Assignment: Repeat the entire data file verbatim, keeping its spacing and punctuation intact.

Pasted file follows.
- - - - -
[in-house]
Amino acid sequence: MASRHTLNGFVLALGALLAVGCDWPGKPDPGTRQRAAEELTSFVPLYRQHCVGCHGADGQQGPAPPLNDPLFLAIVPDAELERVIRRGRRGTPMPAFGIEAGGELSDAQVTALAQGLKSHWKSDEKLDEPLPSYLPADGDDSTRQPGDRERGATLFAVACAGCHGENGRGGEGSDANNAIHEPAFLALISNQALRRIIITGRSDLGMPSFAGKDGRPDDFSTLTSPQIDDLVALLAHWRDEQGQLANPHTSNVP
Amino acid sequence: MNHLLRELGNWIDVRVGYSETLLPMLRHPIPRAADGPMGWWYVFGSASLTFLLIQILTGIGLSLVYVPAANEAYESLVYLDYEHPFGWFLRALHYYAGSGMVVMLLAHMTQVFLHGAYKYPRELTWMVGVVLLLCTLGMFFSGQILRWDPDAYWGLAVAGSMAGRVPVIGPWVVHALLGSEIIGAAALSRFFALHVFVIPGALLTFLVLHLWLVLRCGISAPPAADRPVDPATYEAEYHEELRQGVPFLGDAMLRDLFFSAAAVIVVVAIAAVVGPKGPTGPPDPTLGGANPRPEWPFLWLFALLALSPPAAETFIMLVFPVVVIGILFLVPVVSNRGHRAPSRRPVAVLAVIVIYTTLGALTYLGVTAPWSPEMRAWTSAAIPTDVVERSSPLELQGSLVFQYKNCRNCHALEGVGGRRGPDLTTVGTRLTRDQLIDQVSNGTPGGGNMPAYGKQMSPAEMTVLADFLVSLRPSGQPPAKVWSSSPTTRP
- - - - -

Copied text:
[in-house]
Amino acid sequence: MASRHTLNGFVLALGALLAVGCDWPGKPDPGTRQRAAEELTSFVPLYRQHCVGCHGADGQQGPAPPLNDPLFLAIVPDAELERVIRRGRRGTPMPAFGIEAGGELSDAQVTALAQGLKSHWKSDEKLDEPLPSYLPADGDDSTRQPGDRERGATLFAVACAGCHGENGRGGEGSDANNAIHEPAFLALISNQALRRIIITGRSDLGMPSFAGKDGRPDDFSTLTSPQIDDLVALLAHWRDEQGQLANPHTSNVP
Amino acid sequence: MNHLLRELGNWIDVRVGYSETLLPMLRHPIPRAADGPMGWWYVFGSASLTFLLIQILTGIGLSLVYVPAANEAYESLVYLDYEHPFGWFLRALHYYAGSGMVVMLLAHMTQVFLHGAYKYPRELTWMVGVVLLLCTLGMFFSGQILRWDPDAYWGLAVAGSMAGRVPVIGPWVVHALLGSEIIGAAALSRFFALHVFVIPGALLTFLVLHLWLVLRCGISAPPAADRPVDPATYEAEYHEELRQGVPFLGDAMLRDLFFSAAAVIVVVAIAAVVGPKGPTGPPDPTLGGANPRPEWPFLWLFALLALSPPAAETFIMLVFPVVVIGILFLVPVVSNRGHRAPSRRPVAVLAVIVIYTTLGALTYLGVTAPWSPEMRAWTSAAIPTDVVERSSPLELQGSLVFQYKNCRNCHALEGVGGRRGPDLTTVGTRLTRDQLIDQVSNGTPGGGNMPAYGKQMSPAEMTVLADFLVSLRPSGQPPAKVWSSSPTTRP